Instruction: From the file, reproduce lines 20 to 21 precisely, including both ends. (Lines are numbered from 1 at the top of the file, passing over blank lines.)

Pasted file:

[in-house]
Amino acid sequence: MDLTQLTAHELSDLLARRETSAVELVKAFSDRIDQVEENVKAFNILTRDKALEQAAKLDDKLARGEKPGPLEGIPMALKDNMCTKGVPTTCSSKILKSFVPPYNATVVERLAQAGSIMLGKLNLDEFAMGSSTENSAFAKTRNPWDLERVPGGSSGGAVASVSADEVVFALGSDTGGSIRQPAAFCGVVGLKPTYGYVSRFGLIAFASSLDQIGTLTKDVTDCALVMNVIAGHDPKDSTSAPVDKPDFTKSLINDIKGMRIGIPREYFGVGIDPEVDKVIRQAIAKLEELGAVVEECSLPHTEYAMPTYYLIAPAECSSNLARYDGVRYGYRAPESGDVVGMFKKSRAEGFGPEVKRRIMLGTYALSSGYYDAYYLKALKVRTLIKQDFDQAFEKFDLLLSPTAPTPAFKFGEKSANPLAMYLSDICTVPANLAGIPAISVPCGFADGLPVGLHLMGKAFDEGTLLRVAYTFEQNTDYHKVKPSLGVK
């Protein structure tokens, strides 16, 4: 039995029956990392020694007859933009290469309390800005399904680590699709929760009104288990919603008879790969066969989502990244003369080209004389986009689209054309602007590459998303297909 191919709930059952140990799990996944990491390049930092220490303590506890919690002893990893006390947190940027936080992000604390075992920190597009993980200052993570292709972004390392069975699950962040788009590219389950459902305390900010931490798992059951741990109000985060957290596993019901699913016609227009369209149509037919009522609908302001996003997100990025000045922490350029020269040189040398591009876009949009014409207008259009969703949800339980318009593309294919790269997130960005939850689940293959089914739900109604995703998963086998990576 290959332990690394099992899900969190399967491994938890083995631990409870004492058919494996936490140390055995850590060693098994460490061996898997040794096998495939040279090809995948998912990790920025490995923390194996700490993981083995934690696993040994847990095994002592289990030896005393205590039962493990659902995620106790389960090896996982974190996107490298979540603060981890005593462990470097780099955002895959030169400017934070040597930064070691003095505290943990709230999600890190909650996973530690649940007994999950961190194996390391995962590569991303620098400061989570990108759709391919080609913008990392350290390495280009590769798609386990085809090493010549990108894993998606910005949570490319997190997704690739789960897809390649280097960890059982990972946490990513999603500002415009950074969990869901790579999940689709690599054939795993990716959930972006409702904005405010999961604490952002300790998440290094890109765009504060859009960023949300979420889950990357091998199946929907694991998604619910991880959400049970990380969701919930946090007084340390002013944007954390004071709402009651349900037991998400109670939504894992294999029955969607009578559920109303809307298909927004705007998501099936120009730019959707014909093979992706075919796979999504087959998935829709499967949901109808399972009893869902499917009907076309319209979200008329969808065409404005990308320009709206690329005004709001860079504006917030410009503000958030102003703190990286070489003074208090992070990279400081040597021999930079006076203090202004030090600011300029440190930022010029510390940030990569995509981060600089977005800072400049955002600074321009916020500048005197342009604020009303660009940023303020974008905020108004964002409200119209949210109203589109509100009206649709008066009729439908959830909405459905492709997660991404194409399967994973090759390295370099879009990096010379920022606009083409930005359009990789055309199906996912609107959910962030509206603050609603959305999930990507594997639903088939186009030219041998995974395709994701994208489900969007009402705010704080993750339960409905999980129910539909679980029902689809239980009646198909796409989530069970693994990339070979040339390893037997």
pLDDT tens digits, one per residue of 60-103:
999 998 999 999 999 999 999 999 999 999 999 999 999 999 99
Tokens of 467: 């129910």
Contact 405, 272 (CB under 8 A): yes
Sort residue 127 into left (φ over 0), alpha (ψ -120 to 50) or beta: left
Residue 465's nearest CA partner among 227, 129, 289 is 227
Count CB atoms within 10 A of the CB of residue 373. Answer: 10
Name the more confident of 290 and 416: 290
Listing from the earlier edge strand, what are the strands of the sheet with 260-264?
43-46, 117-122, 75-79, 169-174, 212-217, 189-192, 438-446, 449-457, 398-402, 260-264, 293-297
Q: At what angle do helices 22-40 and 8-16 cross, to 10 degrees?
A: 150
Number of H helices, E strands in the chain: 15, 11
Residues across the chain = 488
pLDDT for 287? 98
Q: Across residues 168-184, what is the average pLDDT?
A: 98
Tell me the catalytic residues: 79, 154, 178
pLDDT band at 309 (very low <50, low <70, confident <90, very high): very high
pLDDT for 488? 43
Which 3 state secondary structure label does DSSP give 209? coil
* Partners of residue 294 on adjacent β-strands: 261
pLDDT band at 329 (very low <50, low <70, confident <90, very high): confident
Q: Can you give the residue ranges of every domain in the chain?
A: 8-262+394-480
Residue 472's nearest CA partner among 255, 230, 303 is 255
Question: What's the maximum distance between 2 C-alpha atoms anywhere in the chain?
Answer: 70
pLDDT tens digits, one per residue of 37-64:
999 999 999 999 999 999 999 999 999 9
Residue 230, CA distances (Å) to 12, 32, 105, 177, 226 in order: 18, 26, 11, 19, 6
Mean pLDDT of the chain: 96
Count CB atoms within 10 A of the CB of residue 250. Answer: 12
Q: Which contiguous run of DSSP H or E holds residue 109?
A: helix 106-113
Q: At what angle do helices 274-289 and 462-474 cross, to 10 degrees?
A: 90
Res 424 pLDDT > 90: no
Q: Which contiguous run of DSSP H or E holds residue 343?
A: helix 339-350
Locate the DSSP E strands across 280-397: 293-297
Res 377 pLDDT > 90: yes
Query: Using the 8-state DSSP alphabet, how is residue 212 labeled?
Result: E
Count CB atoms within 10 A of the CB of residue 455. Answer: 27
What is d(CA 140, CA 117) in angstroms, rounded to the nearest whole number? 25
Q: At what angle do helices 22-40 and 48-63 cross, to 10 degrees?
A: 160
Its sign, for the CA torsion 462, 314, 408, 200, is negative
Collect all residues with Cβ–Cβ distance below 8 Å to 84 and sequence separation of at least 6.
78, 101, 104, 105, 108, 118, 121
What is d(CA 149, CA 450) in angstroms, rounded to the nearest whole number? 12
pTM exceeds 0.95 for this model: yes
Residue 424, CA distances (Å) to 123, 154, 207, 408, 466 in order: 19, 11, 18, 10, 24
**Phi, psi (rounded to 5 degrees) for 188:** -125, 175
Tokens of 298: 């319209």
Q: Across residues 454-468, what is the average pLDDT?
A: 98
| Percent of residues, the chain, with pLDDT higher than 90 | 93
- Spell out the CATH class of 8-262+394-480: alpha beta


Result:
A: 98
Tell me the catalytic residues: 79, 154, 178